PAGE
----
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Because your dentist and your general practitioner physician are two separate people, it’s easy to think of the health of your mouth as something separate from your overall health. You wouldn’t see your dentist for high blood pressure, after all; and your doctor wouldn’t be able to help you if you needed a crown on your molar.
However, even though your mouth and teeth require unique care, they’re still parts of your body. What affects one part of your body often can affect other areas, because they’re all connected and dependent on one another. Dentists and doctors agree that as many as 90 percent of all systemic diseases produce symptoms in the mouth as well as elsewhere in the body. That means, even though you see different specialists to treat them, the health of your mouth and your body are more connected than you might believe.
A growing number of health care professionals are recognizing the holistic connection between oral health and overall health. This emerging understanding has led to doctors making stronger connections between oral health issues, such as periodontitis; and other maladies, such as heart disease and respiratory issues. Because nearly half of Americans have some type of gum disease, it’s important to understand these connections.
Your mouth is the primary gateway to the rest of your body. That means your mouth is the first line of defense against disease in many respects. One of the most common ways oral health can be connected to overall health is through the bacteria that builds up on your teeth and gums throughout the day. These bacteria can cause gum disease as well as more serious issues. For example, bacteria found in dental plaque has been linked to respiratory disease because people can breathe it into their lungs.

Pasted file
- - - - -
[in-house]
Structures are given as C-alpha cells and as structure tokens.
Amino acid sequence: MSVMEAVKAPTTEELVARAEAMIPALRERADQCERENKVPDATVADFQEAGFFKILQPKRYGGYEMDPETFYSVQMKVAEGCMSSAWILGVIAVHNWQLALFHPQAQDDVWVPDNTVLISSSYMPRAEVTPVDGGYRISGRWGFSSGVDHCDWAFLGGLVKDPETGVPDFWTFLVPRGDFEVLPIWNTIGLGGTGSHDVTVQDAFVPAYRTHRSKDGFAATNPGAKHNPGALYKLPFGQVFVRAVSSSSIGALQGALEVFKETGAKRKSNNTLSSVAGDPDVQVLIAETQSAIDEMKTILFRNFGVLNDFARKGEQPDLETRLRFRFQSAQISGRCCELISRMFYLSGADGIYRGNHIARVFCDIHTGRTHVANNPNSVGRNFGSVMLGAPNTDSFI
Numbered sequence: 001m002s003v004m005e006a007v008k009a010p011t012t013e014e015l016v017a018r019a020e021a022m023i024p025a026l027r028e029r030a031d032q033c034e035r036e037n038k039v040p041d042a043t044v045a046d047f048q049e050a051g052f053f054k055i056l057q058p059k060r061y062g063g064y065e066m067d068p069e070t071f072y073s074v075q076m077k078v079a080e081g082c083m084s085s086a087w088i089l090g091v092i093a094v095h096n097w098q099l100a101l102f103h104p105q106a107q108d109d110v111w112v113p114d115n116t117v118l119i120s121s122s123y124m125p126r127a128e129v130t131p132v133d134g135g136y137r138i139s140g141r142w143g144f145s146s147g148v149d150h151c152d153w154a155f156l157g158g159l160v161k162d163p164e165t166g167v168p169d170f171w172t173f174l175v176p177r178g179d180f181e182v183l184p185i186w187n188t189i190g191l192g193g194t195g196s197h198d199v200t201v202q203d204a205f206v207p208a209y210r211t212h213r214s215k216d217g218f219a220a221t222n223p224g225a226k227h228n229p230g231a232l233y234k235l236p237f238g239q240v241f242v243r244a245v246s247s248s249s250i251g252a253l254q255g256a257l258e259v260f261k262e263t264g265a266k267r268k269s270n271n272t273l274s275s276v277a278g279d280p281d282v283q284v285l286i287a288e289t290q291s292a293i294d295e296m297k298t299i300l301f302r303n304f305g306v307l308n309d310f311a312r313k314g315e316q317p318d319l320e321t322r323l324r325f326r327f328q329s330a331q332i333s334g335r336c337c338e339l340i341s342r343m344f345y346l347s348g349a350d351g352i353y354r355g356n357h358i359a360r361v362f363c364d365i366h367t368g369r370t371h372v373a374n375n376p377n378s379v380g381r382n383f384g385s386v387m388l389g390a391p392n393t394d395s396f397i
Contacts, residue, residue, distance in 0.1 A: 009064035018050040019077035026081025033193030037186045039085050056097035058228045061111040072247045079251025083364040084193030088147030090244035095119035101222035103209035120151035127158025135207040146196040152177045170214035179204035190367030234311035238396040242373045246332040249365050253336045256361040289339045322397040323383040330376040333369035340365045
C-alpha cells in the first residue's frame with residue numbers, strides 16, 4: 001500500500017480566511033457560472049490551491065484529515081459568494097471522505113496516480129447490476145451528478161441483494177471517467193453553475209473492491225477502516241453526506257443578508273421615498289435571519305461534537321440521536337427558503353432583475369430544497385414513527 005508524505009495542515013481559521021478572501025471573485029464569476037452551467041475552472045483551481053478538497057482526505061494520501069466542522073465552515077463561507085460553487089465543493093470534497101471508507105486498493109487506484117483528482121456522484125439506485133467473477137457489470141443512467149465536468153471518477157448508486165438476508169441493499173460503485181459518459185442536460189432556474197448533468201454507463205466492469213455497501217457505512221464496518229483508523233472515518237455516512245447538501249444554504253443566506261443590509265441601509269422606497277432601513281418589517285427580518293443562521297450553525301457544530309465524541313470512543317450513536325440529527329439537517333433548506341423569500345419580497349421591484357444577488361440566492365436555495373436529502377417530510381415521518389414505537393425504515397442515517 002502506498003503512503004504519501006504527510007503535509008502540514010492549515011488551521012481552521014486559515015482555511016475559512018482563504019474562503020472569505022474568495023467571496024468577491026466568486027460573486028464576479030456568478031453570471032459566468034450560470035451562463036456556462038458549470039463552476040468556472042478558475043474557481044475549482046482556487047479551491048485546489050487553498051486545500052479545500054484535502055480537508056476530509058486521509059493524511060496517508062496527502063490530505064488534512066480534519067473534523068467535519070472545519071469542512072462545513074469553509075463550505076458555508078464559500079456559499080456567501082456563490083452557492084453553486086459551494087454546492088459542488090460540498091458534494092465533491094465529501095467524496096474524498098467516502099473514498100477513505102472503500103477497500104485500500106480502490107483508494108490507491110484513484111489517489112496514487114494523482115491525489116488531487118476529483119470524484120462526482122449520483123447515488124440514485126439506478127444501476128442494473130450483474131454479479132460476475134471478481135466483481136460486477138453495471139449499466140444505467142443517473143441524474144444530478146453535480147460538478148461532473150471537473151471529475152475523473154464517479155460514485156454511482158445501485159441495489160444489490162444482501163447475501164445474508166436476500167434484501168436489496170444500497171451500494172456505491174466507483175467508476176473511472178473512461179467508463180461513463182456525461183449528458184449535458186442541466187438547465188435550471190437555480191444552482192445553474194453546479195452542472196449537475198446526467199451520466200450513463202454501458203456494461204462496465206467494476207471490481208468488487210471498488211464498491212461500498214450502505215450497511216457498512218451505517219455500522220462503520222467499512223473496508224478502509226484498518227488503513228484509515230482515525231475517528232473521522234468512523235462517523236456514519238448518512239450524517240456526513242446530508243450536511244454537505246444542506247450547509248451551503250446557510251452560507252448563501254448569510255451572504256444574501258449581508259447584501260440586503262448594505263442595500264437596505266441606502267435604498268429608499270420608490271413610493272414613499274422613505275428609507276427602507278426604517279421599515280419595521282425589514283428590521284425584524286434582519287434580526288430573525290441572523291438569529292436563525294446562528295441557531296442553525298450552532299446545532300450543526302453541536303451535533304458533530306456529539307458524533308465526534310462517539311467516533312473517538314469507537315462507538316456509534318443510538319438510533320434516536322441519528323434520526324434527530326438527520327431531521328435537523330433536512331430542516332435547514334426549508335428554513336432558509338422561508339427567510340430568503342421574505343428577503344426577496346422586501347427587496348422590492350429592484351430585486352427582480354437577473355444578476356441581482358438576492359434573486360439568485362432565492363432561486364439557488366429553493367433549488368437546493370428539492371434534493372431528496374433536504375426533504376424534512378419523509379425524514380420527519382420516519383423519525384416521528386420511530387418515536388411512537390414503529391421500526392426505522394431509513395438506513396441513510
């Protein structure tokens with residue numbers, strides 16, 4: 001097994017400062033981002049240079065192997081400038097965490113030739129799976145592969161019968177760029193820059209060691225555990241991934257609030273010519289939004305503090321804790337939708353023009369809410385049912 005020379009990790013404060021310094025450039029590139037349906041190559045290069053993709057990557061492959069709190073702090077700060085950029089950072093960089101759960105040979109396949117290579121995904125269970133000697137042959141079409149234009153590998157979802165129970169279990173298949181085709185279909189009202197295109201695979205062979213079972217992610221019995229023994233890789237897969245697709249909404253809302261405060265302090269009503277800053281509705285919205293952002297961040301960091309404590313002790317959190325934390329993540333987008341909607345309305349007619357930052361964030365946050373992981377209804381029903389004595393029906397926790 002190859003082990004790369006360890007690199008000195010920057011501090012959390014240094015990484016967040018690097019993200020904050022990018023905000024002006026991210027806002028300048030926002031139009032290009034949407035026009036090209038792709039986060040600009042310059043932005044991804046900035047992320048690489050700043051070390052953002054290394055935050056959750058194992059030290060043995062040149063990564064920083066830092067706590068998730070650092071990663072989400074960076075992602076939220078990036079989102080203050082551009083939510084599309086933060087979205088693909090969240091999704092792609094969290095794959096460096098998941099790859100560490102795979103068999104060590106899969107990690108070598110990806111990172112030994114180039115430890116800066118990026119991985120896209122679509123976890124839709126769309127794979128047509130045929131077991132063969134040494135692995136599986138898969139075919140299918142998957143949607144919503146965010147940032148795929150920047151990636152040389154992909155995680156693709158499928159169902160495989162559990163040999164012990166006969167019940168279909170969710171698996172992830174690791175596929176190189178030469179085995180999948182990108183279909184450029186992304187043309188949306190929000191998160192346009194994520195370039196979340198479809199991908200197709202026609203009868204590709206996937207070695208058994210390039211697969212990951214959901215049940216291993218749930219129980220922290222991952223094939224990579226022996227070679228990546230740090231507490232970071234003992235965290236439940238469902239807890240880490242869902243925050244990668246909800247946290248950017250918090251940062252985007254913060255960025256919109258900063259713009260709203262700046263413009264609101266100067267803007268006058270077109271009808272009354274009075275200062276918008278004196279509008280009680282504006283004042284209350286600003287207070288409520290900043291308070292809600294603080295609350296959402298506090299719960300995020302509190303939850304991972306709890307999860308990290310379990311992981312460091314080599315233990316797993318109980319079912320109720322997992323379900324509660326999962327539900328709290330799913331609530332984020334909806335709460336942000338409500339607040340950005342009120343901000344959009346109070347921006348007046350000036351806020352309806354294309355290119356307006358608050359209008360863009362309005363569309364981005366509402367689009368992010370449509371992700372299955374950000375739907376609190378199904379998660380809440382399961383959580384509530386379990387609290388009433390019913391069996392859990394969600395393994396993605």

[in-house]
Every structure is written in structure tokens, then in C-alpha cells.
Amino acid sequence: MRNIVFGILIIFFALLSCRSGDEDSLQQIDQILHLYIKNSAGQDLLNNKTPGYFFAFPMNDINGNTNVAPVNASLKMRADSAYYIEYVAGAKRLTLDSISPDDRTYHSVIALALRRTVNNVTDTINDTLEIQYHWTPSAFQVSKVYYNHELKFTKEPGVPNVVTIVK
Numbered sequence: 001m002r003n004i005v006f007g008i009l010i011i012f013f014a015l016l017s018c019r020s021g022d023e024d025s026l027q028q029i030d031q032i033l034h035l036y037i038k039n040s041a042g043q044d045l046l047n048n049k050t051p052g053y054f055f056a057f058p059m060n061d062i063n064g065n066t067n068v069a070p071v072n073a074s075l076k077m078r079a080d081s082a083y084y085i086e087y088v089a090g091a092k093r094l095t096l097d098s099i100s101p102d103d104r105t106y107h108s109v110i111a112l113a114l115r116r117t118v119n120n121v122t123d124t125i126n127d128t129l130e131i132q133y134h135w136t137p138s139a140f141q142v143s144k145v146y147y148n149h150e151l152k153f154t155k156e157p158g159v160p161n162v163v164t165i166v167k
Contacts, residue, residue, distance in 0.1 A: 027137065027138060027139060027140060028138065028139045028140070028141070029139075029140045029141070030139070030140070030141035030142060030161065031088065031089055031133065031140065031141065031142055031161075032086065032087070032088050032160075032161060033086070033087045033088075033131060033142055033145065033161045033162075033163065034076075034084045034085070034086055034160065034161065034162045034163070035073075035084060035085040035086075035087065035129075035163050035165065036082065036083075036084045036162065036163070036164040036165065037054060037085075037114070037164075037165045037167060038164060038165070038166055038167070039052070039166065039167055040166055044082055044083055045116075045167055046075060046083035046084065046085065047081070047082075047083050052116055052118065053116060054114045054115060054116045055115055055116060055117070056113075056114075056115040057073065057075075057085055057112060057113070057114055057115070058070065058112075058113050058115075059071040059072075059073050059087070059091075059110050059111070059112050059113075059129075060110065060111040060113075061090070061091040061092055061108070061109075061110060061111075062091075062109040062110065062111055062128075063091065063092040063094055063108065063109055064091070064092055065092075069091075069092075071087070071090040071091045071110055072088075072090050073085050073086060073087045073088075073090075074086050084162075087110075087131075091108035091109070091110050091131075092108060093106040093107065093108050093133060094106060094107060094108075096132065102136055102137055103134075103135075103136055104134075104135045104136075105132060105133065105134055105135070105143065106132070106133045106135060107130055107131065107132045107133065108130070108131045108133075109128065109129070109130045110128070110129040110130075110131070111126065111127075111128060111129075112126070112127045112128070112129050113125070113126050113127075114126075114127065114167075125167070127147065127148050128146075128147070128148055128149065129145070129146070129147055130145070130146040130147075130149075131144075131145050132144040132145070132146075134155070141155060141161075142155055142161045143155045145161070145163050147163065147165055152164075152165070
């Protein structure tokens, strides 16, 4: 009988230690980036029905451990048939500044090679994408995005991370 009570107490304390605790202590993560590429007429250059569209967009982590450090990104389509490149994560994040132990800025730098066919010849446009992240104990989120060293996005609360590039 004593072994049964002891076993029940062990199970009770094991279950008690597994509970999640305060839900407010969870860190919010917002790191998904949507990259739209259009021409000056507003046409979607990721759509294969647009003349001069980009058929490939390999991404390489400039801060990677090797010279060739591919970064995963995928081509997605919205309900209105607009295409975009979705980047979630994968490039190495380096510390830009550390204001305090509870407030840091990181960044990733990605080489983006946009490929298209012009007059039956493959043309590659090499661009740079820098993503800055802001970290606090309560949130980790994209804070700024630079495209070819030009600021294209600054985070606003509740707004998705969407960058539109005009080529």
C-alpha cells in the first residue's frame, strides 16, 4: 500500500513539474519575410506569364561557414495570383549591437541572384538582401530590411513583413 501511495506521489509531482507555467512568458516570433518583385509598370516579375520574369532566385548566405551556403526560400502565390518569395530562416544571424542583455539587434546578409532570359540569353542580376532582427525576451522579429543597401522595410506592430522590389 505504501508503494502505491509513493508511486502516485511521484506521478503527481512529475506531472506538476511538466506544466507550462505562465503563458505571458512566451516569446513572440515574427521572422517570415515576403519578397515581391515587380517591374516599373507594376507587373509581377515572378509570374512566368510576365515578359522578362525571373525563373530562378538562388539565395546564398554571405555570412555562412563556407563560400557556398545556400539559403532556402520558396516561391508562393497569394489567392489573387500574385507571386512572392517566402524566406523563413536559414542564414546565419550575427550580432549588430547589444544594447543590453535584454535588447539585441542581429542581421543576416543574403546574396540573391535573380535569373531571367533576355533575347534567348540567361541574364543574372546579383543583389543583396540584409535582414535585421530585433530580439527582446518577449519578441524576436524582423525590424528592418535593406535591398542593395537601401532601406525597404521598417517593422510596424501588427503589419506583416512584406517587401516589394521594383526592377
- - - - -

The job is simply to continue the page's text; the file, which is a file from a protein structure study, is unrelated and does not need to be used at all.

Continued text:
In other cases, periodontal disease can be worsened by conditions elsewhere in the body. For example, diabetes can impair the flow of blood to the gums. This makes the gums more susceptible to infections. The higher blood glucose levels caused by diabetes also encourage bacterial growth. Obesity — which often precedes diabetes — also has been found to accelerate the spread of periodontitis. All of these conditions add up to create periodontal complications when they are not properly treated.
Certain conditions have been linked to periodontal disease to the point that doctors may check for other conditions based on the presence of gum disease. For example, periodontal disease in pregnant women has been connected to an increased risk of pre-term birth and low birth weight. Although there has not been a conclusive connection as of yet, some research has suggested that there may be a connection between periodontal disease and heart disease. Other studies have shown a link between treating periodontal disease and reducing rheumatoid arthritis pain.
Because your mouth is your body’s first line of defense against many forms of disease, the importance of proper oral health and hygiene is worth a reminder. Keeping up with your regular routine of brushing and flossing does far more than protect your teeth and gums. Regular brushing and flossing also remove much of the harmful bacteria that can build up in your mouth and cause gum disease as well as complicate numerous other conditions. Not only can this ensure healthier teeth and gums, but also helps you stay healthier overall by helping to prevent other types of serious illness.
The following guide illustrates some of the most common connections between oral health and overall health. The next time you visit the dentist, consider how much he or she is doing for the health of your entire body as well as your mouth.
This guide was created by Grove Dental, a dentist in Downers Grove